As the seminal hardcore band of our nation’s capital, Minor Threat played fast, impassioned music that defined the genre while never succumbing to its shortcomings. The quartet had both a sense of melody and a sense of purpose. “Straight Edge” was among the first hardcore songs to call for abstinence from drugs and booze, and the band’s self-titled theme song acknowledged both the aspirations and realities of political punk rock.
The posthumous Minor Threat compiles the band’s two initial 7-inch EPs, released on the group’s own label. The twelve selections effectively define the city’s hardcore sound, with a powerhouse adrenalized rush and Ian MacKaye’s explosive and articulate vocals. “Filler,” “I Don’t Wanna Hear It” and “Minor Threat” are some of the classics of the genre; if you haven’t heard them, you have never — repeat, never — heard hardcore. One of the most intense, ungodly-force-of-technology records ever launched.
Out of Step, the group’s only true LP, shows Minor Threat coming out of adolescence and slowing down to merely quick tempos where they have more room to move. If less a direct rush than the early EPs, the tradeoff is a good one: dynamics and crashing hooks come to the fore, replacing the old burn with a punk musicianship up there with only the Ruts (a prime influence) for crack precision. Out of Step is a whale of an LP, one that made their ensuing demise (the pressures of being the most revered and hardline message-oriented hardcore band taking its toll) that much more of a tragedy. Not surprisingly, nothing has come close to matching their ability, drive and emotional level since. (Complete compiles the band’s entire recorded career into one handy CD. Look no further!)
Sometime after Minor Threat’s 1983 breakup, MacKaye joined forces with the three musicians from another recently disbanded DC hardcore band, Faith (ironically, Faith’s singer was Alex MacKaye, so he was effectively replacing his younger brother!), to form Embrace. After a brief existence, Embrace also disappeared seemingly without a trace. A 1987 LP of their 1985 recordings was released, making it apparent that the group should have stuck around a bit longer. If not equal to Minor Threat’s one-of-a-kind sonic excellence, Embrace are strong and muscular, an effective backdrop for MacKaye’s lead vocals. The confrontational lyricist rages through “Money” and “No More Pain” like a hellfire preacher, condemning a corrupt and greedy culture. Overenunciating, shouting, cajoling and screaming at the top of his lungs, this is an impressive performance by a seemingly possessed man, transforming an okay mid-tempo punk LP into a great one.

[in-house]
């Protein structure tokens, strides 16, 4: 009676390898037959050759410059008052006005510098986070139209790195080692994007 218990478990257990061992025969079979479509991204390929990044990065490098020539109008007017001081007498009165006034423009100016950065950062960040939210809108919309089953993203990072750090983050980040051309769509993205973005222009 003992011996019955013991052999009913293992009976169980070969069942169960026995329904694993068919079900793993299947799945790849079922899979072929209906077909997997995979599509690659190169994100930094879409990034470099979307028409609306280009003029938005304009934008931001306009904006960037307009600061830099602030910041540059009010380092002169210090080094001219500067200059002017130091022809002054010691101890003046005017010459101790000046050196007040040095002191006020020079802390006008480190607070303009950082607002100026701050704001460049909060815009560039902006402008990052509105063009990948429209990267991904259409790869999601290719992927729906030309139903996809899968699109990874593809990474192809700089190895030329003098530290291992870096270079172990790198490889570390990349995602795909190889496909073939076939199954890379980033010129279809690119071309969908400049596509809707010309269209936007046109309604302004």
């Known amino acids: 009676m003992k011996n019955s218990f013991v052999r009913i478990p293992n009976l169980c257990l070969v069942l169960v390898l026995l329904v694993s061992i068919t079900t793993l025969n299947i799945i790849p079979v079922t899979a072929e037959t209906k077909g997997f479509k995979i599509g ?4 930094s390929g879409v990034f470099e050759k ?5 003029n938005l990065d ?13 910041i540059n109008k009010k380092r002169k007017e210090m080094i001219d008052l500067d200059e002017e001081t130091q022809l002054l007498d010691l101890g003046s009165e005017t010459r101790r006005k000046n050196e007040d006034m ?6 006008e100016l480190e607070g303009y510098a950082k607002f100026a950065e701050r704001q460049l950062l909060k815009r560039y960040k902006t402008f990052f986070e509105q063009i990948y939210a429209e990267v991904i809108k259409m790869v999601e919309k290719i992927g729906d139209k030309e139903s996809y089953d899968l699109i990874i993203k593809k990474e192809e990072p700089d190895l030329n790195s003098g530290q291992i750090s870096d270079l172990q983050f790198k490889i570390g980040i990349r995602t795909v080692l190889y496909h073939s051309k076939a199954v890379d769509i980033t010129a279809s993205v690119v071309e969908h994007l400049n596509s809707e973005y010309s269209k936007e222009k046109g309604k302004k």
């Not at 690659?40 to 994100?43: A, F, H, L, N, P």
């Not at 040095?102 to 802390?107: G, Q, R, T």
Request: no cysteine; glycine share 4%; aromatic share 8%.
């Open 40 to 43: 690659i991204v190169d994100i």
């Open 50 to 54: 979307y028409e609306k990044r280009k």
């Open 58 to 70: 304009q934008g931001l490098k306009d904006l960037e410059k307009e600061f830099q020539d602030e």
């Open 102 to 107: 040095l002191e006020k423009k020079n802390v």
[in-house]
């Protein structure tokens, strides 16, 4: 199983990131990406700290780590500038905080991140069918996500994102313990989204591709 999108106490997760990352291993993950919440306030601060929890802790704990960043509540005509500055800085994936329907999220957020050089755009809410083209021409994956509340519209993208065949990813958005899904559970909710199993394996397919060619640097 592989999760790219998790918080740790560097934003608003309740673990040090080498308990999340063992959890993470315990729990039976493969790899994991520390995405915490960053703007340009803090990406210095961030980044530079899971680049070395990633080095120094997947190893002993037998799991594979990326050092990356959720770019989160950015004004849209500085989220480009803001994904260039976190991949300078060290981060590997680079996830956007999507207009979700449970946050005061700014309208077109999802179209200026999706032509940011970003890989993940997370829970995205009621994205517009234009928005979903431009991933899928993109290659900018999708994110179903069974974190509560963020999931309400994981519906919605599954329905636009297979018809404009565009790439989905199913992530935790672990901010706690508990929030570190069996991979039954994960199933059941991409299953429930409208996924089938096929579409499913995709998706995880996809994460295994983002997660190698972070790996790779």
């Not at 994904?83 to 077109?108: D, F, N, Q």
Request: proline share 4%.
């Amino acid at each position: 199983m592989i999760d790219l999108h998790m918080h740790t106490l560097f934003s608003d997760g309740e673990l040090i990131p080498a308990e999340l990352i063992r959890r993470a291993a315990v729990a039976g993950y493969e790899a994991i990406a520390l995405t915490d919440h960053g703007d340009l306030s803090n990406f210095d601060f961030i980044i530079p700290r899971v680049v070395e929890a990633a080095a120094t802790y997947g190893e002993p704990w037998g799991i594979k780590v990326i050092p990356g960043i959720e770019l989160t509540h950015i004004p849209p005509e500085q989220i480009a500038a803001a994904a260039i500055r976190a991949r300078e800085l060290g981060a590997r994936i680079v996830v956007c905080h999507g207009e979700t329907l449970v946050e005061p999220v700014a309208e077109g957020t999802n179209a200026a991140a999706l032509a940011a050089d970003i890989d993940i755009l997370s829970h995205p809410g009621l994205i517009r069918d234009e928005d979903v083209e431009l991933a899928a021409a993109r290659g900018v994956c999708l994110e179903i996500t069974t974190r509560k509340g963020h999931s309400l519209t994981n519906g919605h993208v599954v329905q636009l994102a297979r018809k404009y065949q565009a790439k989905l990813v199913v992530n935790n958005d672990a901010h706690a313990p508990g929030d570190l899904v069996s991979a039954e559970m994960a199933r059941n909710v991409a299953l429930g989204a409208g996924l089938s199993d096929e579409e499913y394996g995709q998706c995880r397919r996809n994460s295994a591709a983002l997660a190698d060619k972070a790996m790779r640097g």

MacKaye subsequently reunited with Minor Threat drummer Jeff Nelson for one terrific single as Egg Hunt and then formed Fugazi with old Rites of Spring leader Guy Picciotto. (He also records occasionally with Ministry’s Al Jourgensen as Pailhead.) Nelson joined up with Senator Flux for a while; bassist-cum-guitarist Brian Baker (ex-Government Issue) spent time in the Meatmen and Dag Nasty and can now be found in the metallic Junkyard.
The Teen Idles were MacKaye and Nelson’s original group, prior to Minor Threat. Minor Disturbance, also a 7-inch EP, was the very first Dischord release, and served as a blueprint for the DC hardcore scene. Interestingly, MacKaye doesn’t sing lead (he was the bassist and main songwriter) on these seven songs of typical punk-teen ennui and self-determination (plus one inaudible live cut). Structurally, the music is basic punk on its way to becoming hardcore, dominated by singer Nathan Strejcek’s (later of Youth Brigade) youthful blare and MacKaye’s catchy bass riffs. The lyrics to “Deadhead” (“Driving that train high on cocaine/The music is really lousy, the fans are a pain/Troubles behind, troubles ahead/The only good deadhead is one that’s dead”) are as funny today as when the teenaged MacKaye wrote them. Minor Disturbance was later reissued on the Four Old 7″s album with other Dischord EPs by S.O.A., Youth Brigade and Government Issue.